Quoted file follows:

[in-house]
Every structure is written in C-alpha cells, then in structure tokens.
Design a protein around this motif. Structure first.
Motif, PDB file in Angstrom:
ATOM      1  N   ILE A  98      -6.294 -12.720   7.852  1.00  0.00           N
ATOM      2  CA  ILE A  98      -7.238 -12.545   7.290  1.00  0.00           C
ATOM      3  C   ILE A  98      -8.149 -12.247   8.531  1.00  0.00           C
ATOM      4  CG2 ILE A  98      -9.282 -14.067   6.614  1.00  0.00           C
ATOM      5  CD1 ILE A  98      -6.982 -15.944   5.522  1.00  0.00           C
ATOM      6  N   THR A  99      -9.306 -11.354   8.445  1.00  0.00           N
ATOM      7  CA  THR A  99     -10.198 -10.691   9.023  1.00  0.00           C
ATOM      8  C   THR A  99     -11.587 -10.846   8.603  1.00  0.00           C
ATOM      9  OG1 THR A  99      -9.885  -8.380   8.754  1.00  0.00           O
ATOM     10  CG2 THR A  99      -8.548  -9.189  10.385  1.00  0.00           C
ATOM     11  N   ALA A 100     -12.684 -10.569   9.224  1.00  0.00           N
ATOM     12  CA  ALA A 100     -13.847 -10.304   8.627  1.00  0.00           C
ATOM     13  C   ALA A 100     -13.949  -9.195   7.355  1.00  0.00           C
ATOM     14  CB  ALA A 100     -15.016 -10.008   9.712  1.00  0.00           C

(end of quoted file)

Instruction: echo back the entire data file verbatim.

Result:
[in-house]
Every structure is written in C-alpha cells, then in structure tokens.
Design a protein around this motif. Structure first.
Motif, PDB file in Angstrom:
ATOM      1  N   ILE A  98      -6.294 -12.720   7.852  1.00  0.00           N
ATOM      2  CA  ILE A  98      -7.238 -12.545   7.290  1.00  0.00           C
ATOM      3  C   ILE A  98      -8.149 -12.247   8.531  1.00  0.00           C
ATOM      4  CG2 ILE A  98      -9.282 -14.067   6.614  1.00  0.00           C
ATOM      5  CD1 ILE A  98      -6.982 -15.944   5.522  1.00  0.00           C
ATOM      6  N   THR A  99      -9.306 -11.354   8.445  1.00  0.00           N
ATOM      7  CA  THR A  99     -10.198 -10.691   9.023  1.00  0.00           C
ATOM      8  C   THR A  99     -11.587 -10.846   8.603  1.00  0.00           C
ATOM      9  OG1 THR A  99      -9.885  -8.380   8.754  1.00  0.00           O
ATOM     10  CG2 THR A  99      -8.548  -9.189  10.385  1.00  0.00           C
ATOM     11  N   ALA A 100     -12.684 -10.569   9.224  1.00  0.00           N
ATOM     12  CA  ALA A 100     -13.847 -10.304   8.627  1.00  0.00           C
ATOM     13  C   ALA A 100     -13.949  -9.195   7.355  1.00  0.00           C
ATOM     14  CB  ALA A 100     -15.016 -10.008   9.712  1.00  0.00           C